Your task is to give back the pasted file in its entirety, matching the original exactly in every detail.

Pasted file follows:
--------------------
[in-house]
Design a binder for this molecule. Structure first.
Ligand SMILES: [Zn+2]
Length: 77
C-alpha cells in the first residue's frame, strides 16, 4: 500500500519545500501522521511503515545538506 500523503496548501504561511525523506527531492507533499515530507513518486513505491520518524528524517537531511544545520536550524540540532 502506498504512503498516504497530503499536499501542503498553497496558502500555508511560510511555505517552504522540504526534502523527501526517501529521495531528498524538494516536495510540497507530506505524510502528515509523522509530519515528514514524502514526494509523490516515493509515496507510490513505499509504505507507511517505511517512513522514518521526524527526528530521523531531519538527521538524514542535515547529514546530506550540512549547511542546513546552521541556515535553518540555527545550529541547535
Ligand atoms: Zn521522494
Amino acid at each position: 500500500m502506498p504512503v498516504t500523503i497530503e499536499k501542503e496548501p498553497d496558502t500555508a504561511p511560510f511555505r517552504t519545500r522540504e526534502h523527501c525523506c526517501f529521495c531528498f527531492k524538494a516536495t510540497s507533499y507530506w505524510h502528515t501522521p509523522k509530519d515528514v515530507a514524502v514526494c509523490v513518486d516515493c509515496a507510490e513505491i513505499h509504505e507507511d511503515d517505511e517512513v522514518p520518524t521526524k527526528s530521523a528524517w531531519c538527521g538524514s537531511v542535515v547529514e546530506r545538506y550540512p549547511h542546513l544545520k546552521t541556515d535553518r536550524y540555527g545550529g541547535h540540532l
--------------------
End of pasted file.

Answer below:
[in-house]
Design a binder for this molecule. Structure first.
Ligand SMILES: [Zn+2]
Length: 77
C-alpha cells in the first residue's frame, strides 16, 4: 500500500519545500501522521511503515545538506 500523503496548501504561511525523506527531492507533499515530507513518486513505491520518524528524517537531511544545520536550524540540532 502506498504512503498516504497530503499536499501542503498553497496558502500555508511560510511555505517552504522540504526534502523527501526517501529521495531528498524538494516536495510540497507530506505524510502528515509523522509530519515528514514524502514526494509523490516515493509515496507510490513505499509504505507507511517505511517512513522514518521526524527526528530521523531531519538527521538524514542535515547529514546530506550540512549547511542546513546552521541556515535553518540555527545550529541547535
Ligand atoms: Zn521522494
Amino acid at each position: 500500500m502506498p504512503v498516504t500523503i497530503e499536499k501542503e496548501p498553497d496558502t500555508a504561511p511560510f511555505r517552504t519545500r522540504e526534502h523527501c525523506c526517501f529521495c531528498f527531492k524538494a516536495t510540497s507533499y507530506w505524510h502528515t501522521p509523522k509530519d515528514v515530507a514524502v514526494c509523490v513518486d516515493c509515496a507510490e513505491i513505499h509504505e507507511d511503515d517505511e517512513v522514518p520518524t521526524k527526528s530521523a528524517w531531519c538527521g538524514s537531511v542535515v547529514e546530506r545538506y550540512p549547511h542546513l544545520k546552521t541556515d535553518r536550524y540555527g545550529g541547535h540540532l